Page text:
An a priori power analysis with G*Power 126.96.36.199 (Faul et al., 2007) indicated that a minimum sample size of N = 243 would be necessary to detect an effect size of w = 0.3 (i.e. medium effect) with a probability of 1 – β = 0.95, α = 0.05 for the χ2-tests to analyze AM frequency and a minimum sample size of N = 206 would be necessary to detect an effect size of part.η2 = 0.06 (i.e. medium effect) with a probability of 1 – β = 0.95, α = 0.05 for the main effects and interaction effects of sensory modality, valence and arousal of the imagery induction (2 × 2 × 2 ANOVAs) on AM vividness. Since previous literature suggests that not all participants would be able to generate mental images as well as AMs (e.g. Willander & Larsson, 2008), we recruited 296 females aged between 18 and 35 years (M = 23.48; SD = 3.89) to account for possible dropouts.The participation requirements (i.e., female sex and age < 18 > 35) were communicated prior to testing. Twentyeight male participants and nine participants aged > 35 filled out the survey anyway. They were excluded after testing. The participants were recruited via announcements at the university campus and through social media. 97% of the participants had a high school diploma, 86% were university students. Participants reported no mental health problems as indicated by the scores of the brief symptom inventory (BSI; Derogatis & Spencer, 1993), which screens for symptoms, such as insecurity, depression, somatization, anxiety, phobia, aggressiveness, paranoia, and psychoticism. We selected the BSI for this study because previous research has shown that psychological problems impact retrieval properties of mental images and autobiographical memories, such as emotionality (Walker et al., 2014), vividness (Zermatten et al., 2008), specificty (e.g., Barnhofer et al., 2002), and valence (Lyubomirsky et al., 1998). In the present sample, the T-score for the mean BSI score was in the normal range (T-score = 55). The study was performed in accordance with the Declaration of Helsinki and was approved by the ethics committee of the University of Graz. All participants gave written informed consent.
Material and design
The participants were randomly allocated to one of the eight imagery groups (between-subject design see Table 1) to avoid carryover effects from one condition to the later condition. To evoke a mental image, we used standardized instructions (audio recordings; duration: 90 s) that differed concerning the sensory modality of the described stimulus [olfactory (O) vs. visual (V)], valence [pleasant (P) vs. unpleasant (UP)] and arousal [high (H) vs. low arousal (L)]. All descriptions for the imagery were abstract and never mentioned a specific stimulus. For example, the instruction stated: close your eyes and imagine that you are smelling an unpleasant arousing (pungent) odor. You can smell the odor clearly and it fills the area around you. For a more accurate perception of the unpleasant arousing odor, breathe in and out a few more times.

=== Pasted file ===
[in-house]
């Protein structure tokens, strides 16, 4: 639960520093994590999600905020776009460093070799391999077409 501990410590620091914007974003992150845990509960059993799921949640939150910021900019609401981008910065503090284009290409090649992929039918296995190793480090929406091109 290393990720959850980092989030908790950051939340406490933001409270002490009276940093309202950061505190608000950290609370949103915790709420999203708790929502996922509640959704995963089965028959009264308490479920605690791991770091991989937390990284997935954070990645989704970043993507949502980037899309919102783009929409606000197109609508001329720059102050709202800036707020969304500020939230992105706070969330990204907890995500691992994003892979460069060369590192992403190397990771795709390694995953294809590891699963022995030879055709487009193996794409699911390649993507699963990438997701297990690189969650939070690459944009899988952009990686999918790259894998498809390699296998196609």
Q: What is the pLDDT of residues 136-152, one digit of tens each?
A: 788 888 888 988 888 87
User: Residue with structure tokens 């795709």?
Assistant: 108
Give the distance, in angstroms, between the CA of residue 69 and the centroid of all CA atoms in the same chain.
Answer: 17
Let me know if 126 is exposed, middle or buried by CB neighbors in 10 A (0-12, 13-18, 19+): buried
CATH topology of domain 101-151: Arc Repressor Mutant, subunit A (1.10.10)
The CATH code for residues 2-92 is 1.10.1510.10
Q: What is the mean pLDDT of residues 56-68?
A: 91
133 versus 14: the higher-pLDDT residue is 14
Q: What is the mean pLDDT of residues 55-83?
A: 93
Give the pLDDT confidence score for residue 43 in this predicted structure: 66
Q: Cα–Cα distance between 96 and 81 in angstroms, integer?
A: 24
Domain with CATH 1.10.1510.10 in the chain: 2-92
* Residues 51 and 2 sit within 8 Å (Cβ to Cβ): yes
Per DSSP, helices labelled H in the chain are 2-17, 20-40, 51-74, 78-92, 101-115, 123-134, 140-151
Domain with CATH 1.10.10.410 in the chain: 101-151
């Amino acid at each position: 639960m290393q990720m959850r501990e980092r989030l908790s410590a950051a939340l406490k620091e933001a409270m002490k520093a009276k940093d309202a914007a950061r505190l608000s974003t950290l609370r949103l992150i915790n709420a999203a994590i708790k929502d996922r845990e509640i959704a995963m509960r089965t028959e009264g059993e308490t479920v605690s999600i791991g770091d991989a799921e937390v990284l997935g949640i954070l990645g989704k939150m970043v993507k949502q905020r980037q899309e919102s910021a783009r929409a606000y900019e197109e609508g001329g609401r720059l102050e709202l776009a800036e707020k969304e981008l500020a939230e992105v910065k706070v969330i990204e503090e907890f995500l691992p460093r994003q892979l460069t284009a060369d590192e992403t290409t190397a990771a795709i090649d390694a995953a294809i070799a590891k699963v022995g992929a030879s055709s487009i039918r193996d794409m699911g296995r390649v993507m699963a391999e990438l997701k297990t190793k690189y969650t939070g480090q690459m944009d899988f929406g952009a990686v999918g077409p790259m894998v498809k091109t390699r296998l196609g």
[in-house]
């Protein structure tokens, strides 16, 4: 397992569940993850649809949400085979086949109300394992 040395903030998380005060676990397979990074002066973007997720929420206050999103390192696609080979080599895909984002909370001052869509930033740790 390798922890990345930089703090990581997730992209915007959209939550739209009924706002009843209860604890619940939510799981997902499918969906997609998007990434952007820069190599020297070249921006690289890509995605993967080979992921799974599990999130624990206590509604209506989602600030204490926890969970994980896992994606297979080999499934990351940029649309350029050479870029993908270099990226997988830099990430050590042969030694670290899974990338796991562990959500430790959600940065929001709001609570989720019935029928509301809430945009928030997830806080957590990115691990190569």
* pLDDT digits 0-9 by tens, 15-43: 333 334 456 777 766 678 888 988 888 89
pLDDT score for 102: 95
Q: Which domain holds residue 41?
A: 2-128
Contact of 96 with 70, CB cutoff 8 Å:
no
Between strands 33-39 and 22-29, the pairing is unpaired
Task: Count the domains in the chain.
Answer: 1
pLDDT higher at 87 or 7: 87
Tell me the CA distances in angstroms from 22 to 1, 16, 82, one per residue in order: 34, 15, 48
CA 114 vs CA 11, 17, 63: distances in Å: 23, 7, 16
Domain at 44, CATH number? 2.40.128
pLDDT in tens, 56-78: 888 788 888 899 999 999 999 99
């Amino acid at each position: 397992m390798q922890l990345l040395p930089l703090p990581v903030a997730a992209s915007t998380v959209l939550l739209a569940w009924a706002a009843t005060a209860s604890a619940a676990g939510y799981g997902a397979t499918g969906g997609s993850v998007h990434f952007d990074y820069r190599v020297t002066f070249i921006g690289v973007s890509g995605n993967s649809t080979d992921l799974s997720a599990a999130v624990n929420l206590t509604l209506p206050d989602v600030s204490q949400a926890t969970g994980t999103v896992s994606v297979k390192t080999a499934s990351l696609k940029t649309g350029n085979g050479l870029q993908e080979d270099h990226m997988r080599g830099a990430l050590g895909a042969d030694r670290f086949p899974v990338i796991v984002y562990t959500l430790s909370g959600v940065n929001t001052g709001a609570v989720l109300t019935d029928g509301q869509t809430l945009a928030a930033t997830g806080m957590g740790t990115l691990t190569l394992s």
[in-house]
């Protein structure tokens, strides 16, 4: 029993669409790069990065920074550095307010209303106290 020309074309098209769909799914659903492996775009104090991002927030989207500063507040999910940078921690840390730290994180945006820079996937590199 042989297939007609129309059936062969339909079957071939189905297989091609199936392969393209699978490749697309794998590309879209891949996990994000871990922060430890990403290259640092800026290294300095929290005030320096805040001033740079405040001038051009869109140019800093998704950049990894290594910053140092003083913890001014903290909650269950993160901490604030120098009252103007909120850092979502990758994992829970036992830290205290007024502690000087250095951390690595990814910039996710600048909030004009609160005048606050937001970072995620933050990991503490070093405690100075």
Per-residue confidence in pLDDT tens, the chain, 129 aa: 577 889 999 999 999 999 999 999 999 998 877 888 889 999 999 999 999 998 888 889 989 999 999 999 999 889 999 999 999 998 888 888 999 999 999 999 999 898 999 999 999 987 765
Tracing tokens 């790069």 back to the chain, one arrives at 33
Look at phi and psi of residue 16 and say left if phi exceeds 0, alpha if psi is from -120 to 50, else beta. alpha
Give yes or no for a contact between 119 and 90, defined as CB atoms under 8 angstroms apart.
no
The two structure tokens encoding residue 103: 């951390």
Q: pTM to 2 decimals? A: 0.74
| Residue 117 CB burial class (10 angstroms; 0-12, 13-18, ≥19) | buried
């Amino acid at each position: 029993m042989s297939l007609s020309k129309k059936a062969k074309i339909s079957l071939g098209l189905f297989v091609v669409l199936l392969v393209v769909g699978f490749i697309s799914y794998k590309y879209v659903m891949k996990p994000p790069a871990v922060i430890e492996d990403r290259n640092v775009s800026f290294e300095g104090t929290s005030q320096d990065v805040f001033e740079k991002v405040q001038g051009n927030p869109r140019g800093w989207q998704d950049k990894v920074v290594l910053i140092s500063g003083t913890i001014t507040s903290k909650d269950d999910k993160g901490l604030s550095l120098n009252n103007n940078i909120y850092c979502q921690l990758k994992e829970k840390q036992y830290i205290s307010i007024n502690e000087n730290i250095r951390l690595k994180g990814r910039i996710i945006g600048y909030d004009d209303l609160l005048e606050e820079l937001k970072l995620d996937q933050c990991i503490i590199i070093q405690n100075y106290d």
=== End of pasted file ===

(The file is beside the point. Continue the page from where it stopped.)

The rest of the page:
Study design with eight imagery groups
Low arousal (L)
High arousal (H)
Low arousal (L)
High arousal (H)
Low arousal (L)
High arousal (H)
Low arousal (L)
High arousal (H)
The imagery task was followed by different ratings. The participants were asked to report, what specific mental image occurred (keywords). Additionally, they indicated whether or not the image referred to an event personally experienced in the past (i.e., autobiographical memory (AM); e.g., “The imagery reminded me of the smell when I once had to puke after a roller coaster ride”). We analyzed the percentage of participants who reported an AM image. If an AM image occurred, the participants reported their age, when the event had occurred. The events were either classified as childhood memories (age: 0–10 years), memories attributed to adolescence (age: 11–17 years), or more recent memories of adulthood (age: 18–35 years). Finally, the vividness of the imagery experience was rated on a seven-point Likert scale (0 = “no image at all “ to 6 = “very vivid image”). Reported arousal and valence for AM images were rated as a manipulation check (0 = “not arousing; very unpleasant” to 6 = “very arousing, pleasant”.